FORTUNE -- As a long-time Apple (AAPL) user who doesn't spend much time worrying about viruses, trojans and other malware, I've never had a lot of confidence in the reports issued periodically by computer security companies. They always seemed to be in the protection racket, trying to scare users into buying their anti-viral software.
But a pair of recent reports got me thinking.
The first, from McAfee -- now an Intel (INTC) company -- shows an pretty astonishing rise in malware designed to attack mobile devices, from 792 samples in 2011 to 36,699 in 2012.
The second, tangentially related report comes from Citrix Systems (CTXS), which estimates the adoption rate of mobile platforms in business by tracking their enrollment in cloud services.
Given what McAfee has discovered about mobile malware, it's perhaps not surprising that some enterprises might think twice about letting their employees conduct business in the cloud with Android devices. According to Citrix, 58% of enterprises worldwide were deploying Apple mobile devices in Q4 2012, up 2 percentage points from the previous quarter. Android, at 35%, lost 2 points. Microsoft (MSFT) Windows mobile was flat at 7%.
In North America and Asia the preference for iOS was even stronger: 62% and 75%, respectively.
In Europe, the Middle East and Africa, by contrast, iOS penetration dropped (to 43% from 56%) and Android increased 11 points to 36%.
But what gave me pause was the Citrix chart (below) that showed mobile platform adoption rates by vertical industry. I can see why the user-friendly iOS platform might be preferred in environments in which mobile users engage customers one-on-one, such retail, restaurants and real estate.
But is it really a good idea to be issuing malware-friendly Android devices to field workers in utilities, healthcare and communication services? Citrix was asking the same thing. See Enterprise Mobility Cloud Report Q4 2012.
Also: why Windows 8 sales are so darned slow; standing desks in the workplace.
McAfee comes out of hiding to talk about life on the run [CNN]
McAfee is so fearful, he says, that he carries up to a dozen disposable cell phones at one time. He estimates he has gone through 200 since he fled more than three weeks ago.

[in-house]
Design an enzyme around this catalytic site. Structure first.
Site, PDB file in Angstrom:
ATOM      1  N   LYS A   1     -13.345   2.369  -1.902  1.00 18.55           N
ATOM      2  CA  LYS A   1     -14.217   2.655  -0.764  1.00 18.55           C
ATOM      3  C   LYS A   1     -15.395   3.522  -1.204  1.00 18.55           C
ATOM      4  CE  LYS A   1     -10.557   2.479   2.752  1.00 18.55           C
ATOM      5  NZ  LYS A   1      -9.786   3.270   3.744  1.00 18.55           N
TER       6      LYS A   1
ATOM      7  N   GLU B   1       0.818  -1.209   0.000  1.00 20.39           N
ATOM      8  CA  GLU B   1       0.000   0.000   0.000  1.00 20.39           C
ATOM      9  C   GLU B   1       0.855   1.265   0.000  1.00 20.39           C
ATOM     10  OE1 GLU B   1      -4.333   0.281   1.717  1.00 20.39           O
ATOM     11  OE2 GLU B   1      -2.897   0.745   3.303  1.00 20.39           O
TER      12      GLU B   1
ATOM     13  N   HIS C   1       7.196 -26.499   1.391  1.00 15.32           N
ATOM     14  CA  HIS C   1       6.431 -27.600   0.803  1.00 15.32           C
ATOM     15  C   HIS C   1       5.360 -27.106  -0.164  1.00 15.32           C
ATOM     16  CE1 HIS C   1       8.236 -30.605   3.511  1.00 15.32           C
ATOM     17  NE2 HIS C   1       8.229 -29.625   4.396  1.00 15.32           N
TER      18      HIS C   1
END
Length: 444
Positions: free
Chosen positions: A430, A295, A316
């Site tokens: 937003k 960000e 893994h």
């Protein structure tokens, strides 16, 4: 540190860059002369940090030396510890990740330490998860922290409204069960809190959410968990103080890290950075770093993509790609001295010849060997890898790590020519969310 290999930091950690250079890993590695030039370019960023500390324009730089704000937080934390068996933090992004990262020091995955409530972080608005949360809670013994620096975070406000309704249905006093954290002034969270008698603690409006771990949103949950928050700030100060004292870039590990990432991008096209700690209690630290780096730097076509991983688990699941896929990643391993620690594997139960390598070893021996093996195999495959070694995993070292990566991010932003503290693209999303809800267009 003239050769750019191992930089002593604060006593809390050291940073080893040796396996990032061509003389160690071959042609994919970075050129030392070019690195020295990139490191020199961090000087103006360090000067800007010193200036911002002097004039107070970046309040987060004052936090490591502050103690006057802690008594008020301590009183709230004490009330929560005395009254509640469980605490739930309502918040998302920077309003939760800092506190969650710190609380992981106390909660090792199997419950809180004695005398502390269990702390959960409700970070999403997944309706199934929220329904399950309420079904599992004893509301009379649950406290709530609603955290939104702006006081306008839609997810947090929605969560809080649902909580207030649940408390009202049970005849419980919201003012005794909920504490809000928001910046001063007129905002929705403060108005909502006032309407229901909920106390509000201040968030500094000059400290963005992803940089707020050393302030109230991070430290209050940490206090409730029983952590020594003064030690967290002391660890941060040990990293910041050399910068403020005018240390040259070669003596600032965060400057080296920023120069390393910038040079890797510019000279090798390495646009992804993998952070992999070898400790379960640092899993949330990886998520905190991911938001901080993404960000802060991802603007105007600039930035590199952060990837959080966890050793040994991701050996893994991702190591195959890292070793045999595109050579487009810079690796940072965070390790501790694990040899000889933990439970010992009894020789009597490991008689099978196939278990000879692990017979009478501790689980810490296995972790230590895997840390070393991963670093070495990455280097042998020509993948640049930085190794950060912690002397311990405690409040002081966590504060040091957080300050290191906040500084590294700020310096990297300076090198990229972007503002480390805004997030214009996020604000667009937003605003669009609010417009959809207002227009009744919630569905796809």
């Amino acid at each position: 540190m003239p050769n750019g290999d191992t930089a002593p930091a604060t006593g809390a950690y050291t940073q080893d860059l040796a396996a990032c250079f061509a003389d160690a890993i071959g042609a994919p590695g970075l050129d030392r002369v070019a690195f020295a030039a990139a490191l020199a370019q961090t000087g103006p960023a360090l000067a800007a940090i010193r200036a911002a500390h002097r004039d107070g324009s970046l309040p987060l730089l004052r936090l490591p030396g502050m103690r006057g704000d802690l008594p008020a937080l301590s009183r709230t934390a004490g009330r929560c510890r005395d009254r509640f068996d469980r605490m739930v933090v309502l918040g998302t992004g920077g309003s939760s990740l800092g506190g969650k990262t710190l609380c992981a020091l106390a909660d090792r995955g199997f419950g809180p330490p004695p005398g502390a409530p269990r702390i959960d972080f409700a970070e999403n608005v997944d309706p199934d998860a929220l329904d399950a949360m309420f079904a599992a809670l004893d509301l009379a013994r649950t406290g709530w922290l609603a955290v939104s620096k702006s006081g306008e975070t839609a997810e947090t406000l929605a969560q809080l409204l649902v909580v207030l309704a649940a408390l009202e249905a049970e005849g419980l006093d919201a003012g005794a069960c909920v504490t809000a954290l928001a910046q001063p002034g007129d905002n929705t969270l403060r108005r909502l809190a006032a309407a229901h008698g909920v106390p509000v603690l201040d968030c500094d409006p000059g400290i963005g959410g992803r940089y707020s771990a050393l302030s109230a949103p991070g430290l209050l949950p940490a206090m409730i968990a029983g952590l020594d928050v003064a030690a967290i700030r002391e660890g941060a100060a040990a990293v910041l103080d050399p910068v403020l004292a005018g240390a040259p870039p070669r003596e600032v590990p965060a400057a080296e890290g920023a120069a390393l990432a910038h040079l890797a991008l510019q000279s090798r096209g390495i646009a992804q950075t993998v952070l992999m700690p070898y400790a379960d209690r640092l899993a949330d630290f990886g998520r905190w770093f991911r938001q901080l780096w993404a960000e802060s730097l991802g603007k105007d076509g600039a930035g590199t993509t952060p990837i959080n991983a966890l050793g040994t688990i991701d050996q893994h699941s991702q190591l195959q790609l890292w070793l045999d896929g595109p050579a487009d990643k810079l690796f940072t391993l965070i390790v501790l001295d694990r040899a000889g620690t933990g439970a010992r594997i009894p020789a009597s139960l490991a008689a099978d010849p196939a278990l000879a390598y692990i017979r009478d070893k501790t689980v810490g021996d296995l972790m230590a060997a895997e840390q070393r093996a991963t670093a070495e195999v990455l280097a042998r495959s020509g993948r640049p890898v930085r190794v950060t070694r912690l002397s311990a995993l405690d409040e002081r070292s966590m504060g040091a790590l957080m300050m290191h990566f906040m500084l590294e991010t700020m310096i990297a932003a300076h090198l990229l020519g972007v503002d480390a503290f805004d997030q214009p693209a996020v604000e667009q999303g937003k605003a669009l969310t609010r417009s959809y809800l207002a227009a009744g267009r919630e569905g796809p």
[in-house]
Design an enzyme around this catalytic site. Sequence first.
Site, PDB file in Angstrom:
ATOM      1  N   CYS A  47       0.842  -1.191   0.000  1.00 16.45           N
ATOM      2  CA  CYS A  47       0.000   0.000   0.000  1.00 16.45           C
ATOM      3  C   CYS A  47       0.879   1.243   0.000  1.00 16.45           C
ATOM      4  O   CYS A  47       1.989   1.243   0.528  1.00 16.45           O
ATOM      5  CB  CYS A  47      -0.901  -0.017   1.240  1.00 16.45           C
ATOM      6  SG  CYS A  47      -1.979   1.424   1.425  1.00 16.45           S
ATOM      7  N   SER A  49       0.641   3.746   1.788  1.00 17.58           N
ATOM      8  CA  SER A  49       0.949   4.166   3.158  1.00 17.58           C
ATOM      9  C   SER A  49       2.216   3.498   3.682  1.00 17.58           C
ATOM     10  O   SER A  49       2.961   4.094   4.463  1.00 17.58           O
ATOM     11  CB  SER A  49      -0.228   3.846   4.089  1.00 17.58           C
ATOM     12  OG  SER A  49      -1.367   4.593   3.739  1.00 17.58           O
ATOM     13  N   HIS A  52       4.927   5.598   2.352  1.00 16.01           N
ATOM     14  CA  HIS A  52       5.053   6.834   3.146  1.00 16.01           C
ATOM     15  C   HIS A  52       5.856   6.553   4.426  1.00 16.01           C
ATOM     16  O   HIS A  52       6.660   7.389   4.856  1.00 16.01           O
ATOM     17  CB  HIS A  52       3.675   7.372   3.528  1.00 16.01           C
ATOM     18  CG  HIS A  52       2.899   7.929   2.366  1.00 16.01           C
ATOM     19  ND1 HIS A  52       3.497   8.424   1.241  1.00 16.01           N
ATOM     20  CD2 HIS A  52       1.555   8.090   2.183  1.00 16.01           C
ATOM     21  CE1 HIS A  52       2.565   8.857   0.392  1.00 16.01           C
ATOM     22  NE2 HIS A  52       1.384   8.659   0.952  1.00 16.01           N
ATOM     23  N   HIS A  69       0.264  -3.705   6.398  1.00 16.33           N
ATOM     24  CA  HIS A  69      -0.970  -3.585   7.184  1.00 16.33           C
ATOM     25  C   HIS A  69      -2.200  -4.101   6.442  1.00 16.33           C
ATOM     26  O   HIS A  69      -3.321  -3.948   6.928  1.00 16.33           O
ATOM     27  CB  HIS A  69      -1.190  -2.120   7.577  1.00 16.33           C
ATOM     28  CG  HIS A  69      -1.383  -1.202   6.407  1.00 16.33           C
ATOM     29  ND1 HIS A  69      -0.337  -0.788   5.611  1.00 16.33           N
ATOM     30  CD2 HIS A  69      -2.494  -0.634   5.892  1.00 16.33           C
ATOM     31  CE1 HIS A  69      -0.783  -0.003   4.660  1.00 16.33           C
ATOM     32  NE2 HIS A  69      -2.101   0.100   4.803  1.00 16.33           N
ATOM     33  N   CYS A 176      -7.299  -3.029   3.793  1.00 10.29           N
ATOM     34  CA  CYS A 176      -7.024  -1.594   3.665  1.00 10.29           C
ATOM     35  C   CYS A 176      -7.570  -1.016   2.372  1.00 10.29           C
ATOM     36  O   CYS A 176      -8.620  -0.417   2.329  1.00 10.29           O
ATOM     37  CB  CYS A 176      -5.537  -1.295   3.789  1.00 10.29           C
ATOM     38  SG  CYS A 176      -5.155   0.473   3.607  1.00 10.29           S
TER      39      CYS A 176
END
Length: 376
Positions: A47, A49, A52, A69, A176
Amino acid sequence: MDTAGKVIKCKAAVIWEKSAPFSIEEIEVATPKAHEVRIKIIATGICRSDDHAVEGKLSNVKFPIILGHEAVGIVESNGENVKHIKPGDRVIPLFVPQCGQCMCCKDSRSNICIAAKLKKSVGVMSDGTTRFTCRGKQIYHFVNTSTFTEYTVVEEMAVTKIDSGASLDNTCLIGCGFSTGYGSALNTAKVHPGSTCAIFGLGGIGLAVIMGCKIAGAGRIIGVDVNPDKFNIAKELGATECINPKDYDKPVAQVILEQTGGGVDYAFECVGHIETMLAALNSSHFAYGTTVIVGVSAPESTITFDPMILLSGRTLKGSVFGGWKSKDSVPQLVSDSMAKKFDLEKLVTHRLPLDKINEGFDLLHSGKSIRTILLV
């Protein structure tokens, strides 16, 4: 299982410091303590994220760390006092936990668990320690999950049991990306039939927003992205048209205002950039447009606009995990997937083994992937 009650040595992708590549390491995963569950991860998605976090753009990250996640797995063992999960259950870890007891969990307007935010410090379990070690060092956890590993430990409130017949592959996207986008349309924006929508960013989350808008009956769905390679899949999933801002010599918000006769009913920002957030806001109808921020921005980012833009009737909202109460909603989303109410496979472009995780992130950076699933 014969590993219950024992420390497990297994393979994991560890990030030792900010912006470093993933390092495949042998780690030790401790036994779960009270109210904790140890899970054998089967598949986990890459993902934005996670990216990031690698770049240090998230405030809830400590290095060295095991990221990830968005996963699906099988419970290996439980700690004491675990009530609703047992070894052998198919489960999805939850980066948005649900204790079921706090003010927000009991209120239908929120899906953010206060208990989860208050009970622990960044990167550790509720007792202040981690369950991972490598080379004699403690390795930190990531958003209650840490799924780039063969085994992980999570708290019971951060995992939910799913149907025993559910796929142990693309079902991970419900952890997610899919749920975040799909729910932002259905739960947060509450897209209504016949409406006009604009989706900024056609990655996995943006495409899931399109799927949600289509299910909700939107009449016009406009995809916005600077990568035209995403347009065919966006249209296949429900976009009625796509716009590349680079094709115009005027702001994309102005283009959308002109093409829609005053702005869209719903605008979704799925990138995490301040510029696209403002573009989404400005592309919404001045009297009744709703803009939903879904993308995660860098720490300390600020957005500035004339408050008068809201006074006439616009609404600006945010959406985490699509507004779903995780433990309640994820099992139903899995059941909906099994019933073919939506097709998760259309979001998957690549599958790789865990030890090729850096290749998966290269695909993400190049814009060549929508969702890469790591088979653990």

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Murder suspect John McAfee: I'm innocent [WIRED]
McAfee, 67, is the prime suspect in a murder discovered Sunday morning in Belize. Convinced that he'll be killed if he's taken into custody for questioning, the millionaire antivirus pioneer has gone into hiding somewhere in the Central American nation, where he moved in 2008 to retire. Starting at 10:30 this morning, Belize MOREJP Mangalindan, Writer - Nov 13, 2012 5:30 AM ET
Broadband companies shift to usage-based plans; Best Buy founder considers a buyout.
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"Patents were meant to encourage innovation, but lately they are being used as a weapon to stop it." -- David Drummond, Google Senior VP and Chief Legal Officer (Google Blog)
* David Drummond, Google Senior VP, aired his grievances against companies like Apple, Microsoft, and RIM, which MOREJP Mangalindan, Writer - Aug 4, 2011 3:30 AM ET
Is the "Facebook for the office" company joining the rest of the Valley in cranking up the IPO machine?
FORTUNE -- Nothing says, "we plan to go public" more than when a startup bulks up its board with executives from brand-name companies. Software company Jive has just done that, with the addition of former McAfee (MFE) Chairman Chuck Robel, McAffee President David DeWalt, Facebook's VP of Technical Operations Jonathan Heiliger and MOREMichael V. Copeland, Senior Writer - Mar 30, 2011 4:13 PM ET
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